[rfc-i] RFCs accepted journal articles
touch at isi.edu
Thu May 2 23:03:14 PDT 2013
Xplore is a content delivery service, not an index. They use the common pub industry indices.
Xplore delivers content from its conferences and journals and those of its sister societies and cosponsored meetings, the latter two by explicit agreement.
They did change their policies on publishing non-IEEE items without peer review relatively recently.
On May 2, 2013, at 10:30 PM, "John R Levine" <johnl at taugh.com> wrote:
>> Some of these only take series that are provable peer reviewed, e.g.
>> Xplore. Some also require exclusive copyright transfer.
> Xplore indexes everything from the IEEE and their "publishing partners", whatever that means. IEEE itself publishes plenty of stuff that's not peer reviewed and included in Xplore, e.g., Spectrum and a bunch of tutorials.
> Inspec also indexes magazines and non-peer stuff.
> ACM DL already includes a lot of RFCs, Google Scholar indexes whatever it can find.
> None of them want copyright transfer; you're confusing the index with the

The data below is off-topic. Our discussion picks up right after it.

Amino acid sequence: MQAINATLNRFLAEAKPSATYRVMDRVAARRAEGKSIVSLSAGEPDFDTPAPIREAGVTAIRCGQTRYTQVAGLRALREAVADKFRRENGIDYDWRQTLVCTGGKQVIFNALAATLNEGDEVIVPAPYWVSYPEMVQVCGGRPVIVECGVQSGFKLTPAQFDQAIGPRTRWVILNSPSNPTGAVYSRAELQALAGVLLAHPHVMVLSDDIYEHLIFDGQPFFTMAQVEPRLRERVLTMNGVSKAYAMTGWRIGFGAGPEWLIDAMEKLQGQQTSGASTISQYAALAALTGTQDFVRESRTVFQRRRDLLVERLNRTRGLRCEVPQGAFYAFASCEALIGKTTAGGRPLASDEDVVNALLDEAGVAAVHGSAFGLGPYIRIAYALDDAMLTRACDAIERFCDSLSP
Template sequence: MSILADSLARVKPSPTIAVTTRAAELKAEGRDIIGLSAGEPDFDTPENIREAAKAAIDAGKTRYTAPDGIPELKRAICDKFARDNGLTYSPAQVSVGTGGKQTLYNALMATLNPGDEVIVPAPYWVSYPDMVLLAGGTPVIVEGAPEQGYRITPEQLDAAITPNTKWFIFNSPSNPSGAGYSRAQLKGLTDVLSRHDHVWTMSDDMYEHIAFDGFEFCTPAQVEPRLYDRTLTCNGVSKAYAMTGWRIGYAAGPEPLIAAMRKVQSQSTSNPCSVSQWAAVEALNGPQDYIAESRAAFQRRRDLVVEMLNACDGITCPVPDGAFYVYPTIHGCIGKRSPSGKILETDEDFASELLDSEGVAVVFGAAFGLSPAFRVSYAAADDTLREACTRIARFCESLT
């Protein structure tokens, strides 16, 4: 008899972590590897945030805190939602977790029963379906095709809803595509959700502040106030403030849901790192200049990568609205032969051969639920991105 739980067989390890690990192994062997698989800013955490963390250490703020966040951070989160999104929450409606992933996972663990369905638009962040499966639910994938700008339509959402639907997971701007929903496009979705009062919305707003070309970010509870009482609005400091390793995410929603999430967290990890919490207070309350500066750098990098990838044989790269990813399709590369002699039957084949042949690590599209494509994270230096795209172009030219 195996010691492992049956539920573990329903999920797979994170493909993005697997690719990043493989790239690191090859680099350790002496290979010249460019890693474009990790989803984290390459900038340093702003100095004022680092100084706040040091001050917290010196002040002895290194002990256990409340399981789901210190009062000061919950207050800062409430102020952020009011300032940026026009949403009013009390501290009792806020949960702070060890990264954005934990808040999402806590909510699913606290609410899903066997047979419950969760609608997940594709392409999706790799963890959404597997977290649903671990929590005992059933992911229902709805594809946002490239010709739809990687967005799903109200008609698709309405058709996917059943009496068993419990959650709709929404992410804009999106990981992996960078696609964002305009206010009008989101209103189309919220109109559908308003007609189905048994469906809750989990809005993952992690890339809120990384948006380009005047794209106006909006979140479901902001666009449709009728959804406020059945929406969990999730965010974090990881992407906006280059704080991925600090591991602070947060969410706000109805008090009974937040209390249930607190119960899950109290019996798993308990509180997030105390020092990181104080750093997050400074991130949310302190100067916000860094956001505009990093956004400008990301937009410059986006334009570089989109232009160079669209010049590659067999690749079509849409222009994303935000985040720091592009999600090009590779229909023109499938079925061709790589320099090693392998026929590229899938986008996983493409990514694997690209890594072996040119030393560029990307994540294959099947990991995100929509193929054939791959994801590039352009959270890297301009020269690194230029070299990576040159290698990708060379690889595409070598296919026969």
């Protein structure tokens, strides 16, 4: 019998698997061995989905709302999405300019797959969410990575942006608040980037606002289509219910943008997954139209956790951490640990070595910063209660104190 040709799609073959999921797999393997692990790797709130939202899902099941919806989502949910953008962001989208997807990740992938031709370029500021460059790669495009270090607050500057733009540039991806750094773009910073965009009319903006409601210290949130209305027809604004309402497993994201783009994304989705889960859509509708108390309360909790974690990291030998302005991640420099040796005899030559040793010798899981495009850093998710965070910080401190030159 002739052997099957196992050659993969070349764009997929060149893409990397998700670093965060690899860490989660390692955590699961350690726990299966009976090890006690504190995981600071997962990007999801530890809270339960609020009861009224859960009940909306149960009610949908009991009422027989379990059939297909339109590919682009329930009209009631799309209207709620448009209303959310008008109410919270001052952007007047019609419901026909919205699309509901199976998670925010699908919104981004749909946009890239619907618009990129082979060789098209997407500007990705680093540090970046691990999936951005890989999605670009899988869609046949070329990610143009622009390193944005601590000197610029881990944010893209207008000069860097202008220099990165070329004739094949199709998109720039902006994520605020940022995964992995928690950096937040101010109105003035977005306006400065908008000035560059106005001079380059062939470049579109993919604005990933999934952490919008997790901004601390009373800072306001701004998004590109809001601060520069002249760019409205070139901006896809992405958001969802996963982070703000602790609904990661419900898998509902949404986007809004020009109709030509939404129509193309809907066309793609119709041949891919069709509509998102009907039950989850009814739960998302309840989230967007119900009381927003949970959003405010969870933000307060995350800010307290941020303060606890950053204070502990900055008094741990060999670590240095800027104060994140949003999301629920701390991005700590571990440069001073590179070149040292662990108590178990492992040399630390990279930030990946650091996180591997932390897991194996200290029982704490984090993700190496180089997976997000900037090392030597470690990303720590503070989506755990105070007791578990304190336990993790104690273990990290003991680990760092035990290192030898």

> journals the index includes.
>>>> There are a few things that would, to my understanding, help make RFCs
>>>> more broadly recognized in the academic world, adding DOIs in
>>>> particular. Sounds like the Journal Citation Report could be another
>>>> possibility. What other things should be pursued in the search for
>>>> academic validation?
>>> Ensure that they show up in the places people look for academic
>>> articles about computing:
>>> * ACM Digital library (has a bunch of RFCs apparently batch loaded about
>>> a decade ago but never updated)
>>> * IEEE Xplore
>>> * Inspec
>>> * Google Scholar
>>> DOIs cost money due to the need to get each document indexed in the
>>> big DOI database, although the prices look pretty low if your
>>> publishing revenue is under $1M. I presume we qualify, having
>>> publishing revenue of $0.
>>> Getting RFCs into the first three databases above can probably be
>>> negotiated with no payment either way once you find the right people
>>> to talk to. A key bit is figuring out how to get new RFCs indexed as
>>> they are published without a lot of added manual effort.
>>> Google Scholar indexes documents automatically if they are in an
>>> appropriate format. The HTML versions of RFCs may already be indexed,
>>> or are pretty close if not.
>>> rfc-interest mailing list
>>> rfc-interest at rfc-editor.org
> John Levine, johnl at taugh.com, Taughannock Networks, Trumansburg NY
> "I dropped the toothpaste", said Tom, crestfallenly.
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